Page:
How does your background as a psychologist inform how you do your present job?
I feel like I’ve been training for this job all my life. In the Children’s portfolio, for example, my public service staff tell me I don’t need as much briefing as other ministers in the past, which is a compliment. It reflects my training, but also my interests, and my passion for children. My mother used to own a daycare centre, and now I’m in charge of child care in the province. I know those issues, I feel those issues. On this side, Citizenship and Immigration, I’m a daughter of immigrants, so I have a passion for integrating new Canadians and helping, with my colleagues, in ensuring that they work in the field of their profession, which is very difficult. I also have the Ontarians with Disabilities Act, and I’ve worked with people with disabilities, children for the most part. But when you work with children you work with families, and you know that a disability affects the whole family, regardless of the age of the person with the disability. Many times, mental health is ignored when we talk about disabilities. People think of wheelchairs, and of course physical accessibility is a very important issue, but to me it’s just as important to think of mental health issues as well. We have consulted widely on the Ontarians with Disabilities Act, and I’ve always had mental health on the radar screen. I think that’s partly my training as well.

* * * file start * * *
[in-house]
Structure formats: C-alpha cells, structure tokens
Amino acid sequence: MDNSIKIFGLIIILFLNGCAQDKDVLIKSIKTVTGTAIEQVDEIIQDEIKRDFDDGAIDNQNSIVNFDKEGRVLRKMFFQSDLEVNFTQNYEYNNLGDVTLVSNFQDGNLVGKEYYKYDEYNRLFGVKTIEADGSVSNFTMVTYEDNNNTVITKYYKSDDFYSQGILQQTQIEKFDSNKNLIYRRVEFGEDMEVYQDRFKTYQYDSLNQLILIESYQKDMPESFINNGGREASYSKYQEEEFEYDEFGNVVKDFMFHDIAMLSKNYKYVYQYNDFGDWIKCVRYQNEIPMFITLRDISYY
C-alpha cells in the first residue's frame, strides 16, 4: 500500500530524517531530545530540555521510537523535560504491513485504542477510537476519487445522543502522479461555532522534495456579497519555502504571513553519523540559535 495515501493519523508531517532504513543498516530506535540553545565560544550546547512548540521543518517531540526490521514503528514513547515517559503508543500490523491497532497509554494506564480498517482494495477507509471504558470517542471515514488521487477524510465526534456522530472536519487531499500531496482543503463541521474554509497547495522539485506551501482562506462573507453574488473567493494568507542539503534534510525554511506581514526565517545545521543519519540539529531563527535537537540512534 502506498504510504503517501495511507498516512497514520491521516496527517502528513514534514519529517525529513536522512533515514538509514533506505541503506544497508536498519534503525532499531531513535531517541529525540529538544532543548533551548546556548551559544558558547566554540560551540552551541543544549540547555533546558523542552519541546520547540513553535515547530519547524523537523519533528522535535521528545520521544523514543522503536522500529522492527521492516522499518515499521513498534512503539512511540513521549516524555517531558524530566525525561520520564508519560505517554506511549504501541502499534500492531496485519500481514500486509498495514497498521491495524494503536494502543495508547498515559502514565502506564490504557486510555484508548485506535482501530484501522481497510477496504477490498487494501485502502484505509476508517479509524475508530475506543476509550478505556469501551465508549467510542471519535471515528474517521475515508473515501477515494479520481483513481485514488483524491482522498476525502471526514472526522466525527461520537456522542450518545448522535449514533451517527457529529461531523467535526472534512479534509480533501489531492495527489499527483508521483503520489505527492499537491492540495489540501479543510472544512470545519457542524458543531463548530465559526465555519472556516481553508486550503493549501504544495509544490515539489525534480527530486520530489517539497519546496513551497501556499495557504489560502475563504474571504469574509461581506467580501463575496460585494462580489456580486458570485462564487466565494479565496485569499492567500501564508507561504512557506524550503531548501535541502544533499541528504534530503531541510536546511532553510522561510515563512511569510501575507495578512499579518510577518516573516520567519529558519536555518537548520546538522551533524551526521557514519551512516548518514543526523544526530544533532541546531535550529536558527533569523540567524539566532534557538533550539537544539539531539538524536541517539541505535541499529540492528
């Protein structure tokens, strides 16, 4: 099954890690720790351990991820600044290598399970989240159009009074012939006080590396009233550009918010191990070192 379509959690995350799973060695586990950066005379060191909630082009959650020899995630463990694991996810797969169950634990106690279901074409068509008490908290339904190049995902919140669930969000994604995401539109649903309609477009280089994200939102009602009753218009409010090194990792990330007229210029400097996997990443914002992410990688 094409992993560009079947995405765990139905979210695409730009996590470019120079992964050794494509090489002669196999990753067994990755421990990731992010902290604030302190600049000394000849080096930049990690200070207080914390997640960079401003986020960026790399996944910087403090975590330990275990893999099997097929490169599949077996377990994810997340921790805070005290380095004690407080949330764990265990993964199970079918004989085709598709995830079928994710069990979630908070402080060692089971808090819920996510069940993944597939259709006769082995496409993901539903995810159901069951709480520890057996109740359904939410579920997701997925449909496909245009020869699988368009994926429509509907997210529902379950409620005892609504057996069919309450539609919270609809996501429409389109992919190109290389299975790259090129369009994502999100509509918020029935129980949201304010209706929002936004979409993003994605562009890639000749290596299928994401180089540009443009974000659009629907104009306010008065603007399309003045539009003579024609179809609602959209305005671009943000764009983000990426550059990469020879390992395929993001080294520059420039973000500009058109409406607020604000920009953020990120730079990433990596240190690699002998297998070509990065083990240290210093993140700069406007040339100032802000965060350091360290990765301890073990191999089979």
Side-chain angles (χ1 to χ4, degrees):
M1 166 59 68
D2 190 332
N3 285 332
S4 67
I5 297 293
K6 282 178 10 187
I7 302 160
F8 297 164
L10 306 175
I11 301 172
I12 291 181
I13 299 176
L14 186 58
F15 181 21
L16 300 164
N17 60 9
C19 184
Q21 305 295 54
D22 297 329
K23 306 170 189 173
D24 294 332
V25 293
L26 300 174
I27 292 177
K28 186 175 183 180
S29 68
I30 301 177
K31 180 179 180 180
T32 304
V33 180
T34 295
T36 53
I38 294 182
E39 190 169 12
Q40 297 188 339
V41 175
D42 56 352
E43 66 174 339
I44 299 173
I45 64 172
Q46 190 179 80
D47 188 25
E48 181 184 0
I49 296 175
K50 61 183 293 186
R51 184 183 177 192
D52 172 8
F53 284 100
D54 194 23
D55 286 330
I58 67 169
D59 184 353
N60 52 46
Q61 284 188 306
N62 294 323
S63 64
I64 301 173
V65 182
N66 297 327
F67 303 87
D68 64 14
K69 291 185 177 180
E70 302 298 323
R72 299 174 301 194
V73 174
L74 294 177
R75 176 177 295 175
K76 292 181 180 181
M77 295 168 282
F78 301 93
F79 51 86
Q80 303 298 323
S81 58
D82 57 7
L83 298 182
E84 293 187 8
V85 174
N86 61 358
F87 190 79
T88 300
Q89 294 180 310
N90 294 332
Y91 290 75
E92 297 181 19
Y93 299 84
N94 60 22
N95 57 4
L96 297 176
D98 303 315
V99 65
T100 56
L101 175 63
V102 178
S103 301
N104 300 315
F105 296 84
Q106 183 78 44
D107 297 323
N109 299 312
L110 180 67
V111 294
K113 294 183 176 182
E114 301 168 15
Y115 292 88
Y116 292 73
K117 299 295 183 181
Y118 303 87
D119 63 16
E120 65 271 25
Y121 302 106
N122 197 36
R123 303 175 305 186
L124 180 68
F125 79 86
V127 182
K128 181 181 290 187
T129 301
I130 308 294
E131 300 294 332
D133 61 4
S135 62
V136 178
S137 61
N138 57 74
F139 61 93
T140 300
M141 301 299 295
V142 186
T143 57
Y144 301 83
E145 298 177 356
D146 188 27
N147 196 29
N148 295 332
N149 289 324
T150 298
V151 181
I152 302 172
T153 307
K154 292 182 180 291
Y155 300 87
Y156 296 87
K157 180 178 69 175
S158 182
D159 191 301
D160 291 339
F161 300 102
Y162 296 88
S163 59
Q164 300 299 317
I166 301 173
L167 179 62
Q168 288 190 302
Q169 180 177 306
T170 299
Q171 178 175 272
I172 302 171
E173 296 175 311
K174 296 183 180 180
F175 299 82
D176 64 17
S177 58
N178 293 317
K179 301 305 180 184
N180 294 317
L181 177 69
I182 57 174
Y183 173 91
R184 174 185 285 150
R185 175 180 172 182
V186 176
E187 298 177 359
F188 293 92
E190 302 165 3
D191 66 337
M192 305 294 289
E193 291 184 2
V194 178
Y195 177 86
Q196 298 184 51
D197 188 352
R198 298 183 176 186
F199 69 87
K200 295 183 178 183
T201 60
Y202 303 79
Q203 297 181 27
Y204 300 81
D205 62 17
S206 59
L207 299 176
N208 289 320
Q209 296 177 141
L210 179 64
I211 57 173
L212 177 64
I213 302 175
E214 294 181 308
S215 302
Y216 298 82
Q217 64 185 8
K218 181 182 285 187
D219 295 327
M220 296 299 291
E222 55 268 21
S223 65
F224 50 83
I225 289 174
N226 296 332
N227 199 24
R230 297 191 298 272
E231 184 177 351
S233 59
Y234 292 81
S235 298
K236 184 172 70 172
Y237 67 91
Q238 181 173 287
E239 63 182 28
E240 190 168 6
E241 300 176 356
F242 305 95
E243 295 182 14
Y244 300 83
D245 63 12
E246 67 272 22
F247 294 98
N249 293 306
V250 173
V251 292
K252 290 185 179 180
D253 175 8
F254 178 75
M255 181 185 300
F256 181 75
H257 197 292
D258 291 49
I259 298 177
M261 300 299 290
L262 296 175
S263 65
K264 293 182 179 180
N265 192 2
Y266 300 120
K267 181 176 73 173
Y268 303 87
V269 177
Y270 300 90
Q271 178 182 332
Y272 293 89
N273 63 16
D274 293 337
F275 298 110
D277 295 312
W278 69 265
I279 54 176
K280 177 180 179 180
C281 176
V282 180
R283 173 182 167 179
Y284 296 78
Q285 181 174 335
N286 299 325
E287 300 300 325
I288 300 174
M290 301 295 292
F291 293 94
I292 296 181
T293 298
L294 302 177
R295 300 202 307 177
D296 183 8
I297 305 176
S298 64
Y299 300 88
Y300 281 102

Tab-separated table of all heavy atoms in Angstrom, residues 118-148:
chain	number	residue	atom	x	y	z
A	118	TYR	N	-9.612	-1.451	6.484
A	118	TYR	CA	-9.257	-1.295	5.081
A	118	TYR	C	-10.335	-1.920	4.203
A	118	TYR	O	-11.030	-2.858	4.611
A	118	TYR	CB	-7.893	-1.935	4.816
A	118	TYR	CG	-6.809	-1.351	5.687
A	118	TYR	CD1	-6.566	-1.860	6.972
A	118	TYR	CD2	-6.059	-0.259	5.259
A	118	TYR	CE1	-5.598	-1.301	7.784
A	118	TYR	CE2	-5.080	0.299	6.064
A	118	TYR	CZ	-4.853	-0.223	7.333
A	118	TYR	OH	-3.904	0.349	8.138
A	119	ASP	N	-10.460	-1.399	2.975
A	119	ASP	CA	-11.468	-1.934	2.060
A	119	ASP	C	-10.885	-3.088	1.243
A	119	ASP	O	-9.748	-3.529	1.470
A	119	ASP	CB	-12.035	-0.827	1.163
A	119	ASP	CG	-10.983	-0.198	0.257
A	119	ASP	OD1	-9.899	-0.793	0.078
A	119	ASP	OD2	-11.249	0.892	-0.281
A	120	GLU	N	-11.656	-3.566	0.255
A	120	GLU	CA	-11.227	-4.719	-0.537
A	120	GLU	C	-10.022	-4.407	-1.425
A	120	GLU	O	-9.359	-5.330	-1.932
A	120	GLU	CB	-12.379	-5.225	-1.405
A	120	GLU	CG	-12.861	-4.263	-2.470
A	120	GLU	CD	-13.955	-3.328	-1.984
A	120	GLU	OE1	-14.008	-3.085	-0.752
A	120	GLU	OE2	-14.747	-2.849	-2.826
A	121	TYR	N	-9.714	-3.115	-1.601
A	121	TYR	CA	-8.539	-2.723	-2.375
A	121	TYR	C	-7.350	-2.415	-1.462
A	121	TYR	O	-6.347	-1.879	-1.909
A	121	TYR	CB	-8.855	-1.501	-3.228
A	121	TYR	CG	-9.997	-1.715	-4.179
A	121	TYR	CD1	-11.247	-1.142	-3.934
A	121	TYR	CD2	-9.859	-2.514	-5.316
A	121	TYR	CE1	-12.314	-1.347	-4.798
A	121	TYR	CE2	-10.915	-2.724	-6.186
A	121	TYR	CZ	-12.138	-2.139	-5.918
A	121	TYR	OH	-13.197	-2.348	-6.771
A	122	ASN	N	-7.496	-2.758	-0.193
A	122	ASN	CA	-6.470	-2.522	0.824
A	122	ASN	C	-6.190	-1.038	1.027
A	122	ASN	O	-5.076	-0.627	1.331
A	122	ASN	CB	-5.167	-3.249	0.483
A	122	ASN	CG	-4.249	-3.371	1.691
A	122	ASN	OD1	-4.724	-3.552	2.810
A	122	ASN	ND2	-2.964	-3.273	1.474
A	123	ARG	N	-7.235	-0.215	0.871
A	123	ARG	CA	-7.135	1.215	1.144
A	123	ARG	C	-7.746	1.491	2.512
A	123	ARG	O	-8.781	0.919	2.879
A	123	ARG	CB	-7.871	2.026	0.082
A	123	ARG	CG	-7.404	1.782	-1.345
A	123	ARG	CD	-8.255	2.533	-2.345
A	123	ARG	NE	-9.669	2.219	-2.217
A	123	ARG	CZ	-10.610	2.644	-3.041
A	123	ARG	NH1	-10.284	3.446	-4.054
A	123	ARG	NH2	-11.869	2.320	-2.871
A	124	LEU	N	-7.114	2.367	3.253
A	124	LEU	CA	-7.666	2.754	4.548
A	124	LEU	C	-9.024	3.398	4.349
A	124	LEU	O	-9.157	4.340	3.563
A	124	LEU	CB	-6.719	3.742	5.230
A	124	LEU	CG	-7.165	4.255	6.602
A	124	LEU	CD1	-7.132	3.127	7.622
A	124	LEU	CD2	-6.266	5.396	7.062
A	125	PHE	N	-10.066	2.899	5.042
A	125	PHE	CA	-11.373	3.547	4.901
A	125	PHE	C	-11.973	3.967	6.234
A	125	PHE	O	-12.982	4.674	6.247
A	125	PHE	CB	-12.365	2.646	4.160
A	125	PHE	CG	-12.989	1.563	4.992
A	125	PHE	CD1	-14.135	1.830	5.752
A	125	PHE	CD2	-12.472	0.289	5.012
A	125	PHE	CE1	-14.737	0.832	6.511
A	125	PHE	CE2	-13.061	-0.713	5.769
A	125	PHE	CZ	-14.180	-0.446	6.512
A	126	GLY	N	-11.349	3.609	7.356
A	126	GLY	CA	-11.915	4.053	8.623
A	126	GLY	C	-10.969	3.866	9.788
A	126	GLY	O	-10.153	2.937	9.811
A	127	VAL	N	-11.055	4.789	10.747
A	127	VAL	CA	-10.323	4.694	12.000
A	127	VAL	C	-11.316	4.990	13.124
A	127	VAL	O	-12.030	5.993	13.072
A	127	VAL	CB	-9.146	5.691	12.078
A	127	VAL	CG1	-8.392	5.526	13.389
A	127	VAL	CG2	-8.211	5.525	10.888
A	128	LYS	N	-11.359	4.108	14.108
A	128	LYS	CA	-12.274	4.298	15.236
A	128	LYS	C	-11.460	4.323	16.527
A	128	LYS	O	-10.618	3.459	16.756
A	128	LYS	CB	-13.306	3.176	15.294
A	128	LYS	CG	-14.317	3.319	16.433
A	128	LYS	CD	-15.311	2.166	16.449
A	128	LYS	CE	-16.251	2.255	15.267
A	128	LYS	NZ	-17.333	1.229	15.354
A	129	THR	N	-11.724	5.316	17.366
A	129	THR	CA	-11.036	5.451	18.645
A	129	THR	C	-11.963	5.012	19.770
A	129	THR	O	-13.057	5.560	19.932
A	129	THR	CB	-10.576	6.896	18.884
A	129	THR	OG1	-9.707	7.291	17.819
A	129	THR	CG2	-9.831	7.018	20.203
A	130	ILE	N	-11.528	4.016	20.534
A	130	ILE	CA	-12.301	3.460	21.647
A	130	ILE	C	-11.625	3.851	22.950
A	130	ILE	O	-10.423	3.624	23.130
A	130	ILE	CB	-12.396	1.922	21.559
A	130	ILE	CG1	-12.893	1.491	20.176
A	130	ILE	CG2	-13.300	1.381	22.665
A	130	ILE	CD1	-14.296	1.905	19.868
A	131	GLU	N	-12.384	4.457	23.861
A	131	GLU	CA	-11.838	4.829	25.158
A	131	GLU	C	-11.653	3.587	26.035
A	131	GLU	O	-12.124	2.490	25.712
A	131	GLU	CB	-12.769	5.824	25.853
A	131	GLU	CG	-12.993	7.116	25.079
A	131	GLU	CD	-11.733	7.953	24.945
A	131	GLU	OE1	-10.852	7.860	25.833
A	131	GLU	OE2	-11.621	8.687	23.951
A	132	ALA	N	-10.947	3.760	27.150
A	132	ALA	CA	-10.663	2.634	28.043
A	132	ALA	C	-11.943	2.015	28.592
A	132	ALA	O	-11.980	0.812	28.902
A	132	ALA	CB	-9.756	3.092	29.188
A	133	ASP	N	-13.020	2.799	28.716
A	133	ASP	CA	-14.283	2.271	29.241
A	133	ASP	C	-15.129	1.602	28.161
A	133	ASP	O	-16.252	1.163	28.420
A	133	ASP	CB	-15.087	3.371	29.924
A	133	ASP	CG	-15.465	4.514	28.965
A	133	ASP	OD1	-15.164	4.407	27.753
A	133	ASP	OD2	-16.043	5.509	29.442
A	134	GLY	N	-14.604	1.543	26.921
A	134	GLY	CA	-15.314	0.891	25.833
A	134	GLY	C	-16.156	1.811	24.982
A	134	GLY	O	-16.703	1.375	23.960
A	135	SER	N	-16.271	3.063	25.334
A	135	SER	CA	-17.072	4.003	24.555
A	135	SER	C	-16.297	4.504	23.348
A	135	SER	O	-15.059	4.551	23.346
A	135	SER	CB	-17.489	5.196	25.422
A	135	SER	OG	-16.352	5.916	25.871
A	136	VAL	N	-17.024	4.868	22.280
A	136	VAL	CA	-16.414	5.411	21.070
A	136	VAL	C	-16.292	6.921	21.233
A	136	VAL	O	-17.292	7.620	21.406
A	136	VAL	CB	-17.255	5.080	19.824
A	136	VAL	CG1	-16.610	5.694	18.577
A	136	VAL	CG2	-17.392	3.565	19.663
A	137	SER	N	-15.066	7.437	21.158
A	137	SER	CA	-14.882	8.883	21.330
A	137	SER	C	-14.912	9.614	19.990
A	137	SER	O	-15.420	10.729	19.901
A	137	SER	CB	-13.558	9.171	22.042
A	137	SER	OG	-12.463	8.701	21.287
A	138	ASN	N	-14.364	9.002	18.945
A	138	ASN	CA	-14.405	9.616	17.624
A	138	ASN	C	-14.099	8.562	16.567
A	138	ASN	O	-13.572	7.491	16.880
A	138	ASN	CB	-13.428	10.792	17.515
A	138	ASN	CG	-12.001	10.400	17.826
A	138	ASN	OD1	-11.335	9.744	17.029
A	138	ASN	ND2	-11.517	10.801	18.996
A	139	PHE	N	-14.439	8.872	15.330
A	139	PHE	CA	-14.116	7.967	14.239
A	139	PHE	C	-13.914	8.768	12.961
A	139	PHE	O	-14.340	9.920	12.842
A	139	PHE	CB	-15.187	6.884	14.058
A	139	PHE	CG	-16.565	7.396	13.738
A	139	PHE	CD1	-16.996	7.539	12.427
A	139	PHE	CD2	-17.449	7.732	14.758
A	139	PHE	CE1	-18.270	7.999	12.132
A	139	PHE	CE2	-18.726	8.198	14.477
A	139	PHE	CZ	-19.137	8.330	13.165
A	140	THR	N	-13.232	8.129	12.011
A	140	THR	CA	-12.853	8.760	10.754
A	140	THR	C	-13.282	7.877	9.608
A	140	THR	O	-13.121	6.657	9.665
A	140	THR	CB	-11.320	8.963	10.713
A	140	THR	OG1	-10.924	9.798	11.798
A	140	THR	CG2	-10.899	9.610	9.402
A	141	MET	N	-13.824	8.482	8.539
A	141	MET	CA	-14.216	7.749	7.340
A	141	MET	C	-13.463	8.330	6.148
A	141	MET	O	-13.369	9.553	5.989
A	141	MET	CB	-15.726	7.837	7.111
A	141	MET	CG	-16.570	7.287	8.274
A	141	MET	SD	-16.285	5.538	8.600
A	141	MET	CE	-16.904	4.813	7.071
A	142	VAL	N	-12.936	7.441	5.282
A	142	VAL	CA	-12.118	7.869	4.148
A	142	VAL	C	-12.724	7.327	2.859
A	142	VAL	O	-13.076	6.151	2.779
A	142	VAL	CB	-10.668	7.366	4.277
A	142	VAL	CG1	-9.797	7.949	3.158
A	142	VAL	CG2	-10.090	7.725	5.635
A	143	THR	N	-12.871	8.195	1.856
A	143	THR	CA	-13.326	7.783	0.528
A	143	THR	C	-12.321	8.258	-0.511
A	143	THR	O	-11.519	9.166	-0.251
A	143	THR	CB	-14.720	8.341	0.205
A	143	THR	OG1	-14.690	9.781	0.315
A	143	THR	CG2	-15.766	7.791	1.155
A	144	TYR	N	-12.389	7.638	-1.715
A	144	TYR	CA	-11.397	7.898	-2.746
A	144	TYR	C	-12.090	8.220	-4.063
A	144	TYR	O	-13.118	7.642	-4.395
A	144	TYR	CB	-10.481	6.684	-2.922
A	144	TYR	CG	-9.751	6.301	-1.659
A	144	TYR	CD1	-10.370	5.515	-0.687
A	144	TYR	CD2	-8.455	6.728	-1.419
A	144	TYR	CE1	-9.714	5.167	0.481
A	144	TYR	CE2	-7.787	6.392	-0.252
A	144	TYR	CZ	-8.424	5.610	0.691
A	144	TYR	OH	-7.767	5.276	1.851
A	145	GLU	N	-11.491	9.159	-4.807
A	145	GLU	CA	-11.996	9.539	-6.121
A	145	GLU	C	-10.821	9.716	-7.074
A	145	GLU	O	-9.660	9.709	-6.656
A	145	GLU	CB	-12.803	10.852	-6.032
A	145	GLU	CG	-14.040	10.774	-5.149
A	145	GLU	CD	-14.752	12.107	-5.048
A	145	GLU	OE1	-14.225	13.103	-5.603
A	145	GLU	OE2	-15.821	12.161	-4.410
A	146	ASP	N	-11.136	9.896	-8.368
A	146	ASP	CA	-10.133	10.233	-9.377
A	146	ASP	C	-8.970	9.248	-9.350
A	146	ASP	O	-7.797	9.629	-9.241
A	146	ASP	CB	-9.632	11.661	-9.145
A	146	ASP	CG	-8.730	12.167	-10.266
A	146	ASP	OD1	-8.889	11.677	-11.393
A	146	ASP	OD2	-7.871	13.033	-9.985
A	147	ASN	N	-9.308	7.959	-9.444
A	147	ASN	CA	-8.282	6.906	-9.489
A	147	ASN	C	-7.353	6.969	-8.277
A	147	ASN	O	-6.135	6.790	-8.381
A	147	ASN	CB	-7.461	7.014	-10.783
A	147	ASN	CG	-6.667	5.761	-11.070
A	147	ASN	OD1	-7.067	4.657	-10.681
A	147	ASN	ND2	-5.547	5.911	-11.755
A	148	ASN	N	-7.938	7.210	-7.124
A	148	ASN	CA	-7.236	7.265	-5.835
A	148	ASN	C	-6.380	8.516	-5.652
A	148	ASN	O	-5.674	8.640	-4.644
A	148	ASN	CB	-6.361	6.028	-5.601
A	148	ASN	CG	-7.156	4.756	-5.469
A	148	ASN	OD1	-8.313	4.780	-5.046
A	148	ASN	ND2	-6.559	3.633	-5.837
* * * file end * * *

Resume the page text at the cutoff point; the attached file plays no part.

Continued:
You have two quite different portfolios, each with very diverse constituencies. Have you identified any common threads or recurring themes across the two ministries?